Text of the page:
- Krämer, Hans Martin. Shimaji Mokurai and the reconception of religion and the secular in modern Japan. Honolulu: University of Hawaiʻi Press, 2015.
- Krämer, Hans Martin. “Pan-Asianism's religious undercurrents: the reception of Islam and translation of the Qur'ān in twentieth-century Japan.” The journal of Asian studies, 73/3 (2014): 619–40.
- Krämer, Hans Martin. “An der Schwelle zum modernen Religionsbegriff: Der Beitrag japanischer Buddhisten, 1850–1880,“ in Religion in Asien? Studien zur Anwendbarkeit des Religionsbegriffs. Edited by Peter Schalk, 319–49. Uppsala: Uppsala Universität, 2013.
- Krämer, Hans Martin. “‘Die Flamme, die in einer Gefängniszelle entzündet worden war …‘: Repressionserfahrung im Faschismus und Aufstieg der Neuen Religionen in Japan nach 1945,“ in Gewalterfahrung und Prophetie. Edited by Peter Burschel, 147–65. Wien: Böhlau, 2013.
- Krämer, Hans Martin. “Japanese discoveries of ‘secularization’ abroad and at home, 1870-1905,” in: Religion and secularity: transformations and transfers of religious discourses in Europe and Asia. Edited by Marion Eggert, 193–215. Leiden: Brill, 2013.
- Krämer, Hans Martin. “How ‘religion’ came to be translated as shūkyō: Shimaji Mokurai and the appropriation of religion in early Meiji Japan.” Japan review, 25 (2013): 67–89.
- Krämer, Hans Martin. “Interpretatio Buddhistica oder Interpretatio Christianal?: Eine historisch-philologische Skizze der Rezeption von Islam und Koran in Japan,“ in Frühe Koranübersetzungen. Europäische und außereuropäische Fallstudien. Edited by Reinhold F. Gley, 47–95. Tier: Wissenschaftlicher Verlag, 2012.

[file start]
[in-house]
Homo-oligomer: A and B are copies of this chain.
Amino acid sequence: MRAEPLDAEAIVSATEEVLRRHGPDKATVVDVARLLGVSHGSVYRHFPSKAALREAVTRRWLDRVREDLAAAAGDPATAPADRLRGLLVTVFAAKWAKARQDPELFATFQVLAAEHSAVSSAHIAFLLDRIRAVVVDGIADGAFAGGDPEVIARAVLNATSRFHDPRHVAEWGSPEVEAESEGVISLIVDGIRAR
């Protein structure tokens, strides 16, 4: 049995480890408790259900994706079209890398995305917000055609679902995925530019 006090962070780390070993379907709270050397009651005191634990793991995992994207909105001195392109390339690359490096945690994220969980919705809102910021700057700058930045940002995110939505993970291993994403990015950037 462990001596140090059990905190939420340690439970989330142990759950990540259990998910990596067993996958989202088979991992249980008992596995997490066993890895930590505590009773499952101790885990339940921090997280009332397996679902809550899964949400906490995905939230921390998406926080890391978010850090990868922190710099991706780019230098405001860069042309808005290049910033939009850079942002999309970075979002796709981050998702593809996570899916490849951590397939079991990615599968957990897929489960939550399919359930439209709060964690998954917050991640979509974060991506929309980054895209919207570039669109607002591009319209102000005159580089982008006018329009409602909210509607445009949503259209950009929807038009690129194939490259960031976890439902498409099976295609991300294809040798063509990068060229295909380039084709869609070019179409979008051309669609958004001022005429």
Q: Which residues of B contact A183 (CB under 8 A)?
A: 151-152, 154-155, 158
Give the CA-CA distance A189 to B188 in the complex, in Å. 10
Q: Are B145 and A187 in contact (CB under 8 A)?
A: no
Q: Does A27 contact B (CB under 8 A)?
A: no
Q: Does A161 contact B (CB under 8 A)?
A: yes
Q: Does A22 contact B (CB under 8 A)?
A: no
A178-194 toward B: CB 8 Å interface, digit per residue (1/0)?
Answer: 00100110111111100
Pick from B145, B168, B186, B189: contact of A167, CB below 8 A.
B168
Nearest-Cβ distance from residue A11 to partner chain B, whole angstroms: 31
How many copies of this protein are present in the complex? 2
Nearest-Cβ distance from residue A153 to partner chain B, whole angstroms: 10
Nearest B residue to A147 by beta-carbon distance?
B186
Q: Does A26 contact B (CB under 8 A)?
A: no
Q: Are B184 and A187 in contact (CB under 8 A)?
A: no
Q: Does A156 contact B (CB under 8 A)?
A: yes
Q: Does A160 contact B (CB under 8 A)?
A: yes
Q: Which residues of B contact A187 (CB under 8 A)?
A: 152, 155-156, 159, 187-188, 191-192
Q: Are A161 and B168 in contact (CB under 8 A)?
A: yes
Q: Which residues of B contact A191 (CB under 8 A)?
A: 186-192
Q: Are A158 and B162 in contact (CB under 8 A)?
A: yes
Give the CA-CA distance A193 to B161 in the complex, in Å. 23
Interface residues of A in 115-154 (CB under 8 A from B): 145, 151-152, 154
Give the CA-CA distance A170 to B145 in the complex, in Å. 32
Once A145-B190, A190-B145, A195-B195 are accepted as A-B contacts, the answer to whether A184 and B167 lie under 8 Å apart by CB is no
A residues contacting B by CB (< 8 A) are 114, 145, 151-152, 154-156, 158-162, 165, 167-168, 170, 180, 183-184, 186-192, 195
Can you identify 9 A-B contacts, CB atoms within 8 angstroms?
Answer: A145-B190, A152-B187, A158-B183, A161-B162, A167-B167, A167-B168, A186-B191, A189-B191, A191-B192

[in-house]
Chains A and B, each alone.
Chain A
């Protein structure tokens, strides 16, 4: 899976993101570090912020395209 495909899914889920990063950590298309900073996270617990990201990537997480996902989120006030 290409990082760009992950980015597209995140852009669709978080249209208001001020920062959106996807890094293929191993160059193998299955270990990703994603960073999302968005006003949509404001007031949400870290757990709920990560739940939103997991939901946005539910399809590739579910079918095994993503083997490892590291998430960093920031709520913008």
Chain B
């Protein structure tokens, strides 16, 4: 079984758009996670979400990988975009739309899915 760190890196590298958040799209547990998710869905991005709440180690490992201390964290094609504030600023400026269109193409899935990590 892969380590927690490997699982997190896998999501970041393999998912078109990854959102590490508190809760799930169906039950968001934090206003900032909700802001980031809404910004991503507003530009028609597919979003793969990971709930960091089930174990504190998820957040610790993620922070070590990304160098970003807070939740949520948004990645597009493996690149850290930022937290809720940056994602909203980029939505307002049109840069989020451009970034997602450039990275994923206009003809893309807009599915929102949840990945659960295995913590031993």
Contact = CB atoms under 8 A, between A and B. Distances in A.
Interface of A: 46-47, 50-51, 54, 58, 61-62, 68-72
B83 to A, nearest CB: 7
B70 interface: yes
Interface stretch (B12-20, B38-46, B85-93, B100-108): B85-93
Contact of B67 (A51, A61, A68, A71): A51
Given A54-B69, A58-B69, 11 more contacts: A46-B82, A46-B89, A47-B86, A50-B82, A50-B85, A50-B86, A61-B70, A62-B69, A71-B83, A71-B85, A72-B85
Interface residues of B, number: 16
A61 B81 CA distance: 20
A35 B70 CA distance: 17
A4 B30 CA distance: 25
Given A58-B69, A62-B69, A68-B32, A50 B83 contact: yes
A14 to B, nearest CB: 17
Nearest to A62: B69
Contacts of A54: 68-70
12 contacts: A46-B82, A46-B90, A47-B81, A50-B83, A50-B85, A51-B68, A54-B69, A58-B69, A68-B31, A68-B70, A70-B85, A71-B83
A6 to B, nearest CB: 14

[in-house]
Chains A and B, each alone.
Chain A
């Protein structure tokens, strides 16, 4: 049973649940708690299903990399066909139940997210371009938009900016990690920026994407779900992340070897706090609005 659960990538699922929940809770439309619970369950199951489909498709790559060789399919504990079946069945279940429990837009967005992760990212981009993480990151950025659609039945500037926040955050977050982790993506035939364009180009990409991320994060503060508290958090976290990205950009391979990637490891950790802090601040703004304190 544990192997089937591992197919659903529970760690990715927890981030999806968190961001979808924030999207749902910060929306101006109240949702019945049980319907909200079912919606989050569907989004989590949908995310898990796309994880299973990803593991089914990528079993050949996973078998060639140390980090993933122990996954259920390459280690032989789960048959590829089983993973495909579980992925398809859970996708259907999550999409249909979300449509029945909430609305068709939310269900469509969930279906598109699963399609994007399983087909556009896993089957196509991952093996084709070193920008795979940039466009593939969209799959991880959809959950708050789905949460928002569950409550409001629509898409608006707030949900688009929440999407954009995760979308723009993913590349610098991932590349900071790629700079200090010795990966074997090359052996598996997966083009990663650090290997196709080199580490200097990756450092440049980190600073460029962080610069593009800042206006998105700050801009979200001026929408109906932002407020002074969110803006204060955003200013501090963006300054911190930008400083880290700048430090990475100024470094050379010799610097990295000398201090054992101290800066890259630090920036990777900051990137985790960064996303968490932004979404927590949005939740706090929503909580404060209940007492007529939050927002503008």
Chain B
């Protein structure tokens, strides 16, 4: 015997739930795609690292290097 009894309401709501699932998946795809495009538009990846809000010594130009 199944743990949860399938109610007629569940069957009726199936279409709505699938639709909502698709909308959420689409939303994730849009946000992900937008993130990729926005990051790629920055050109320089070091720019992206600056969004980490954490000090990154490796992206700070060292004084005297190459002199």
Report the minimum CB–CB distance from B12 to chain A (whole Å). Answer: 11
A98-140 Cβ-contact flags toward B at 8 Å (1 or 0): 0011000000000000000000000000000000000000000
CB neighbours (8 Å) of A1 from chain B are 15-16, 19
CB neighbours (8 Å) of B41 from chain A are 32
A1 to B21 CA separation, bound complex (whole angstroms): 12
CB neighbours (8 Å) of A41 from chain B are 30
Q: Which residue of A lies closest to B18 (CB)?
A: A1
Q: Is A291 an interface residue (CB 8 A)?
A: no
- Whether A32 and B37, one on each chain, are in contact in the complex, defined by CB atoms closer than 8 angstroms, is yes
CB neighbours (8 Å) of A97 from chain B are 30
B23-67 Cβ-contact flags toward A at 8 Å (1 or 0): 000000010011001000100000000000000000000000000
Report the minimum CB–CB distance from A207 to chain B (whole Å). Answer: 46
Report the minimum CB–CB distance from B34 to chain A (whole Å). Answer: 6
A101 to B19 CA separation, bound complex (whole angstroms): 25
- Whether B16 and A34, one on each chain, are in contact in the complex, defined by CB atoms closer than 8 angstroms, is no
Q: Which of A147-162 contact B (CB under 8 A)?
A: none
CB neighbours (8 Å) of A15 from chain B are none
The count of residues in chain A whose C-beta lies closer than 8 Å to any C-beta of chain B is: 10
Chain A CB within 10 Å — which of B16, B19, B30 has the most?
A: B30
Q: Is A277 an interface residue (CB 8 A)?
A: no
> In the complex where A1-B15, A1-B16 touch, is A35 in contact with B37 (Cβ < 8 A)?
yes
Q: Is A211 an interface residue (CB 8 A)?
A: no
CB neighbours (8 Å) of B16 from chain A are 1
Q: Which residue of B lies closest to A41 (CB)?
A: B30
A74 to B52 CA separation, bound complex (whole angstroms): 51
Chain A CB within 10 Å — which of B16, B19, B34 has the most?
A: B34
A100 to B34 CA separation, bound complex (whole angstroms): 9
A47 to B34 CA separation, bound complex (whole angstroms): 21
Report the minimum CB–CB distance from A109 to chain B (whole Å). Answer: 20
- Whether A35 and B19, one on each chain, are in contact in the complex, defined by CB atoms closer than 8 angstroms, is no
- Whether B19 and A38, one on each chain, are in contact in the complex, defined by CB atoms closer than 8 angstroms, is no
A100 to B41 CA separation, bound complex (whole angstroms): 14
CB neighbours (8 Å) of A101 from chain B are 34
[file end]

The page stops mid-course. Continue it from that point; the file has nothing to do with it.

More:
- Krämer, Hans Martin. “Beyond the dark valley: reinterpreting Christian reactions to the 1939 religious organizations law.” Japanese journal of religious studies, 38/1 (2011): 181–211.
- Krämer, Hans Martin. “Introduction: ‘Religion’ and ‘heresy’ in East Asia between continuity and discontinuity.” Bochumer Jahrbuch zur Ostasienforschung, 33/2009 (2010): 5–16.
- Krämer, Hans Martin. “This deus is a fool’s cap Buddha: ‘the Christian sect’ as seen by early modern Japanese Buddhists.” Comparativ, 20/4 (2010): 75–97.
- Krämer, Hans Martin, Jenny Rahel Oesterle, and Ulrike Vordermark. Labeling the religious self and others: reciprocal perceptions of Christians, Muslims, Hindus, Buddhists, and Confucians in medieval and early modern times. Leipzig: Leipziger Universitätsverlag, 20/4 (2010): 1–156.
- Krämer, Hans Martin. “Not befitting our divine country: eating meat in Japanese discourses of self and other from the seventeenth century to the present.” Food and foodways, 16/1 (2008): 33–62.
- Krämer, Hans Martin, Tino Schölz, and Sebastian Conrad. Geschichtswissenschaft in Japan: Themen, Ansätze und Theorien. Göttingen: Vandenhoeck & Ruprecht, 2006.
- Krämer, Hans Martin. Unterdrückung oder Integration?: Die staatliche Behandlung der katholischen Kirche in Japan. 1932 bis 1945. Marburg: Förderverein Marburger Japan-Reihe, 2002.